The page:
It might seem obvious that one person alone cannot drive successful FDA advisory committee (ADCOM) preparations. What’s less obvious is that one unchallenged thought process could also result in failure. But that’s the unfortunate outcome of company groupthink.
In our last blog, we focused on the non-transparent nature of CHMP meetings – and the challenges sponsors face in making sure that CHMP representatives understand and retain the presenters’ messages.
In this follow up article, we detail how to succeed given an often limited preparation timeline. It requires five key considerations.
The first thing you need to know about CHMP meetings is that they are not public.
Because of this, you can’t research the meeting by watching a video online or reading a transcript. At the same time, these are extremely high-stakes meetings, where companies present their data and answer questions before a panel of individuals who will likely decide – or at least heavily influence – the future of the company’s product.
Have you ever heard that “God gave us one mouth and two ears for a reason, so we ought to listen twice as much as we speak”? The old Irish proverb holds true and is now backed up by science. In Part 1 of this blog series, we talked about how effective speakers set up their presentation to help foster active listening. In this blog, we will discuss how speakers can make sure that THEY are actively listening.
Using both ears is just the beginning.
When we think of being a good communicator or public presenter, we often think it’s about the speaker. But a major component of great communication is whether you and the audience are engaged in “active listening.”
In this, and the next blog, we show you what you as the speaker can do to make active listening an integral part of your presentation style.
All this talk about “fake news,” and “alternative facts” has me reflecting on the difference between relatively harmless untruths versus potentially dangerous ones. For instance, I just read yet another article debunking the “truism” that human beings use only 10% of our brains. So disappointing, since I like to think I could lose 90% of my mind and still be ok.
Seriously, though – believing or not believing this myth probably won’t hurt me. But some myths can be dangerous – to your health, the planet – or your career. In communications, trusting a lie can cause a huge professional blunder – and who needs that?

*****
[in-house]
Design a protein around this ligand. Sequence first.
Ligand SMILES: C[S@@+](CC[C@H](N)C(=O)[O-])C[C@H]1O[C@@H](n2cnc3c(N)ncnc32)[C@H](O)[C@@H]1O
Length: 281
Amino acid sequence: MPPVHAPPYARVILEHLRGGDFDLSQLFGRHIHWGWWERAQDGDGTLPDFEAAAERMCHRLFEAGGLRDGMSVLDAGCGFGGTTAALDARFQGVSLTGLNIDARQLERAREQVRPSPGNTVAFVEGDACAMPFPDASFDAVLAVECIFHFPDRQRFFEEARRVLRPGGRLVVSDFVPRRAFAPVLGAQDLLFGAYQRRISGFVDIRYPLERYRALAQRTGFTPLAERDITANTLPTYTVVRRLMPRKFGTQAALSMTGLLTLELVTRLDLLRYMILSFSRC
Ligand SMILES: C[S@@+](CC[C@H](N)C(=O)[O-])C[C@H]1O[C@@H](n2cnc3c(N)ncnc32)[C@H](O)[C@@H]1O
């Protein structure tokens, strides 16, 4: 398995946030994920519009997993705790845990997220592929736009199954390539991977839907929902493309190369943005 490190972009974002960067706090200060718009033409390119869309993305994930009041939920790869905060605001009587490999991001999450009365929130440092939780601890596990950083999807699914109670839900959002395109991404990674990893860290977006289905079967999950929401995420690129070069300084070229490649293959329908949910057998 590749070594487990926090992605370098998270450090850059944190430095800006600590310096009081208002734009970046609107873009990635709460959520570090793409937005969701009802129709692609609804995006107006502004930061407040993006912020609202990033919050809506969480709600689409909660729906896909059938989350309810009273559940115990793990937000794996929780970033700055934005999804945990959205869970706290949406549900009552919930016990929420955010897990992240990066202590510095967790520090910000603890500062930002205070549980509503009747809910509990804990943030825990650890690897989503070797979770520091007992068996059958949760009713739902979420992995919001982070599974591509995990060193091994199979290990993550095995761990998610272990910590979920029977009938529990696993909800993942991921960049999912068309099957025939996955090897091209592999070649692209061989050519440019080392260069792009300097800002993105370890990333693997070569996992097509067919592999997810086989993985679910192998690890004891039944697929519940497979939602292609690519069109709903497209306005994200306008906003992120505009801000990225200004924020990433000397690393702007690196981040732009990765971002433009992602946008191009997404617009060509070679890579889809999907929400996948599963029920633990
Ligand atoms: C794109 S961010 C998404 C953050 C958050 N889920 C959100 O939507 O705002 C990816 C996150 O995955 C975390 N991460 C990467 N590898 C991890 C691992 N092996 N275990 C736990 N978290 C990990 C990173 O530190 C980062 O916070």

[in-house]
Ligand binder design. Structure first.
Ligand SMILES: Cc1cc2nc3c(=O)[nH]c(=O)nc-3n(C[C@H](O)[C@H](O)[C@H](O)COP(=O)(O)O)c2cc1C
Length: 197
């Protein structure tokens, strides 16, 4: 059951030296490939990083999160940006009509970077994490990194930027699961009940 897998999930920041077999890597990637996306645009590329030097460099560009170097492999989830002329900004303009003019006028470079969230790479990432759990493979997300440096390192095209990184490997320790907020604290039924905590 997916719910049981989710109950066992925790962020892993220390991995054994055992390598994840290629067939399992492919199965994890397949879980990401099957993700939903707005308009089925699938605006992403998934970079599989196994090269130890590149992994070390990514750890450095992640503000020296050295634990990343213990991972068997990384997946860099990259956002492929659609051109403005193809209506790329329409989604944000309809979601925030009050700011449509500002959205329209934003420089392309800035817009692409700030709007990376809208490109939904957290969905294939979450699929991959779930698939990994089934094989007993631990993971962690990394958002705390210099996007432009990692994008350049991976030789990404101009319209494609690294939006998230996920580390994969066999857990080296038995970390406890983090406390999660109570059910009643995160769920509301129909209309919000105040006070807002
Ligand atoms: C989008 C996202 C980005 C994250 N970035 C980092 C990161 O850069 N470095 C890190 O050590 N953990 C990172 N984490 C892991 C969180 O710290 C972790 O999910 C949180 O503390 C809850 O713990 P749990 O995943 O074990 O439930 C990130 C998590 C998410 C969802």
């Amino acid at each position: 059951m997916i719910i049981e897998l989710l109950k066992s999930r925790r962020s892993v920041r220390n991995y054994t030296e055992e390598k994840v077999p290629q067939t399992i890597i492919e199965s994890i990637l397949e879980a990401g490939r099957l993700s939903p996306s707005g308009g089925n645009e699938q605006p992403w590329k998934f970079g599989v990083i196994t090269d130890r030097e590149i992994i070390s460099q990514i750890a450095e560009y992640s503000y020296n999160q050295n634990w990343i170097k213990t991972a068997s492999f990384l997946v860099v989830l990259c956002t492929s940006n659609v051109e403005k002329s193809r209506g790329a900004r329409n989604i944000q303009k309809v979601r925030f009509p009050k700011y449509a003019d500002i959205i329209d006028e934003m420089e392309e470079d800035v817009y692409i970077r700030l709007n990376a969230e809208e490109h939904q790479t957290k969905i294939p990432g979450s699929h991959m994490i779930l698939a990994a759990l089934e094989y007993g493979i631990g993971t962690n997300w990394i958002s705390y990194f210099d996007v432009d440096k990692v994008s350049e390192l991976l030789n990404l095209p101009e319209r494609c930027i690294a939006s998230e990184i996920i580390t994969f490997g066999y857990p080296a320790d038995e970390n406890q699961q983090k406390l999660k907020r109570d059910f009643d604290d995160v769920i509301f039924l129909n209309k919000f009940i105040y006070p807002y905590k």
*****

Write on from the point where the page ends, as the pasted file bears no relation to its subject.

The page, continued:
Preparing a New Drug Application (NDA) or Pre-Market Approval (PMA) is one of the most arduous tasks regulatory teams have to face – and thinking about a possible Advisory Committee (ADCOM) meeting at the same time may seem impossible. But approaching NDA/PMA preparation with the possibility of an Advisory Committee meeting in mind not only improves a Sponsor’s chances at an ADCOM – it could prevent one from ever happening.
Here are five tips on how to approach NDA/PMA preparation with a possible ADCOM in mind.
We couldn’t have scripted a better example for leadership communications than what happened at the Academy Awards Sunday night.
Jordan Horowitz, one of the producers of the film La La Land, had just accepted the award for Best Picture when it was discovered the presenters had been handed the wrong card and announced the wrong winner. Amid the confusion, embarrassment, and apologies that followed, Horowitz held up the right card and declared, “Moonlight, you guys won Best Picture,’” and then, “I’m going to be really proud to hand this to my friends from Moonlight.”
For pharmaceutical or device company teams, there is one common thread for all FDA meetings: the need to tell a clear story and to set the data or issue in context. Just as FDA has a process for determining whether a drug or device should be approved, companies need a proven process to keep their team on track and prepare in the most efficient and effective way. Our process includes these seven steps.
As a former producer for “60 Minutes” and other CBS News magazines, I rarely advise clients to not do high-stakes TV interviews, especially during a crisis. Since reporters interpret silence as a tacit admission of guilt, open communication is the smart approach. But these types of interviews require preparation on an entirely different level. Here is an eleven-step strategy to limit risk and leverage opportunity when engaging with the media in high-stakes or crisis communications situations.